# Physics Question? ( I think)

Suppose I built a track with up and down humps like a roller coaster track. Slightly concave so a ball bearing would stay in the center while rolling. The ball would start rolling on a downhill slope higher than the highest hump on the track.
Would the density of the metal used to make the ball bearing affect how high I would have to start the roll? Ignore air resistance as a factor.

Nope! Not unless there was some kind of track friction that mattered.

What if it was a spherical cow?

A spherical cow would roll more slowly because of squishing and sloshing.

Ignoring the friction of the track, as long as the starting height is above the hump of the next hill, the ball will have enough energy to clear the hump, regardless of the mass of the ball.

As above.

This is basically Galileo’s (likely apocryphal) experiment. Take balls of the same material but different weights and drop them from the Tower of Pisa. They fall at the same rate (or close enough since wind resistance is near negligible for them).

Ditto the NASA experiment on the moon. Drop a feather and a hammer at the same time on the moon and they fall at the same rate.

Frictional losses (whether wind resistance or against the track) would be the deciding factors, rather than the density of the objects.

Edited to add: that said, frictional losses are often correlated with density, so there is that.

It’s not clear to me that the Feather drop experiment applies to the op. It’s not the rate of fall that gets the ball over the hump it’s whether or not the ball has enough energy. It seems to me that since the rate is constant; the mass of the object being the variable would determine whether or not there’s enough energy.

True, strictly speaking, but if we are to ignore frictional losses, the energy in the system remains the same.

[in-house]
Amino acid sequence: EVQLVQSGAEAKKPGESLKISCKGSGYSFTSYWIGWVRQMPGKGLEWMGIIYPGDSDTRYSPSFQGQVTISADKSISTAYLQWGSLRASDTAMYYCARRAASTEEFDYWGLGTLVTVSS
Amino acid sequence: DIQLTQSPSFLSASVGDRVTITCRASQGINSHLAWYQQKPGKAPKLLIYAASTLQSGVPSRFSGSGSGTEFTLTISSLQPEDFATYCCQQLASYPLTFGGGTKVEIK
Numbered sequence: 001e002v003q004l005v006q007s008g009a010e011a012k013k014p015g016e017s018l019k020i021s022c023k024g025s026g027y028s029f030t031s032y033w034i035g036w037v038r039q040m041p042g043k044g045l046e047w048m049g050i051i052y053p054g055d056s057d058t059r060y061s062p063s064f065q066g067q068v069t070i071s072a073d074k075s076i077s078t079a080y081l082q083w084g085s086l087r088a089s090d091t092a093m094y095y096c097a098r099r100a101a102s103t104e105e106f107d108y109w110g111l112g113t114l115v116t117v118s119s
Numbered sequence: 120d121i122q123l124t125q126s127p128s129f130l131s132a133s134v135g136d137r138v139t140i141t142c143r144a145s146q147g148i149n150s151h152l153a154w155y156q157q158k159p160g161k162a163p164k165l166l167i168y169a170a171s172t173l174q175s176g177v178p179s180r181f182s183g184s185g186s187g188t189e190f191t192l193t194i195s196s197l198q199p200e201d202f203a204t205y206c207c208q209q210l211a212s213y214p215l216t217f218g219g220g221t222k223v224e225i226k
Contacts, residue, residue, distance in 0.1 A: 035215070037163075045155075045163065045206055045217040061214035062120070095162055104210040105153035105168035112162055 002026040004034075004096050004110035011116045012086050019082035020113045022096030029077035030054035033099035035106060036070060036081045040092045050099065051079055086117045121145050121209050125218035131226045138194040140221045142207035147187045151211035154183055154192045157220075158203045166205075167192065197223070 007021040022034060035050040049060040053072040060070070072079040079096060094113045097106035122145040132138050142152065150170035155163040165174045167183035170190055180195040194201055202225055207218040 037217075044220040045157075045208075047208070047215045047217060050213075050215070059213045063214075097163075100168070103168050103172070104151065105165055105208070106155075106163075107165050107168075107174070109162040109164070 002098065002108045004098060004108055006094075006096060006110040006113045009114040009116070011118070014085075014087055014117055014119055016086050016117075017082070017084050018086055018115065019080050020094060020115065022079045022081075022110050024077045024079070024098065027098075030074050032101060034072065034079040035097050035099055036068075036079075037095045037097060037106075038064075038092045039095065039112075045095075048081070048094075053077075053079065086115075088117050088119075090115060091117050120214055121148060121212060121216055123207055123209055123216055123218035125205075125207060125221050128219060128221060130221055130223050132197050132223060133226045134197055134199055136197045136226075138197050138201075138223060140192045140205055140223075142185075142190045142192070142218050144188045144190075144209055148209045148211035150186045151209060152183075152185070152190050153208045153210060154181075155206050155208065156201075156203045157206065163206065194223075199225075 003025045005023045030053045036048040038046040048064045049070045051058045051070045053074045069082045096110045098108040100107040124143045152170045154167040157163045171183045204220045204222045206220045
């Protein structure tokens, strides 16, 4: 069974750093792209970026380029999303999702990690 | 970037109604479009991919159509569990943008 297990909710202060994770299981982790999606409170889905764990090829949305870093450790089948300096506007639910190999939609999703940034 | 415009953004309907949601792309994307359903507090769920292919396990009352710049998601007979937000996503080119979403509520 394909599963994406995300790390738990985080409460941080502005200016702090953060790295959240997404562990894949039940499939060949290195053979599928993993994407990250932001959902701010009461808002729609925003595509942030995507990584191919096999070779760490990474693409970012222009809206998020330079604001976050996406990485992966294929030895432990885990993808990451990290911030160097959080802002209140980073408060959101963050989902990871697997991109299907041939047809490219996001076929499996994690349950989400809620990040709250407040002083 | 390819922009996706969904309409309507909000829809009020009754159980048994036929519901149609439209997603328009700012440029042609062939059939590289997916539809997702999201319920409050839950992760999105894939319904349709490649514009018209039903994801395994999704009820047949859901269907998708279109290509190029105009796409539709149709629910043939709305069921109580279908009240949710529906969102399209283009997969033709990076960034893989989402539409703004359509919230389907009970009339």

It’s the friction against the track that will matter, and that will depend more on the mass and surface properties of the material rather than the density directly.

Ah yes, my beverage of choice from New Gla…

The mass factor cancels when converting between kinetic and potential energy if there is no other energy gain or loss.

Absent friction, the mass of the object also determines how much energy it has. The Energy it gains going down is directly/strictly proportional to mass, and the energy required to go up is directly/strictly proportional to mass.

Absent friction, the size of the object does not matter, and the mass of the object cancels going down and up, and since neither the size nor the mass matters, the density does not matter.

I reiterate what has been said: ignoring friction, as long as the ball starts at the highest point on the track, the ball will make it to the end. Of course, in the real world there is always friction so you have to be sufficiently higher to account for that.

The real reason I’m posting is because I just can’t let a spherical cow reference go by without linking this video:

The density (and hence total mass) of the ball doesn’t matter in the least if you ignore all the resistive forces (rolling friction and air resistance). But in the real world, it matters a lot. Consider in one case a ping-pong ball, and in the other case an equally smooth solid steel ball of the same size. The steel ball will have a lot of gravitational potential energy at the top of the incline, translating quickly into kinetic energy, which would be so much greater than the energy lost to resistive forces that the starting point would only need to be slightly higher than the highest point of the track. But a ping-pong ball would have to start much higher in order to make it to the end because it would proportionately lose much more of its energy.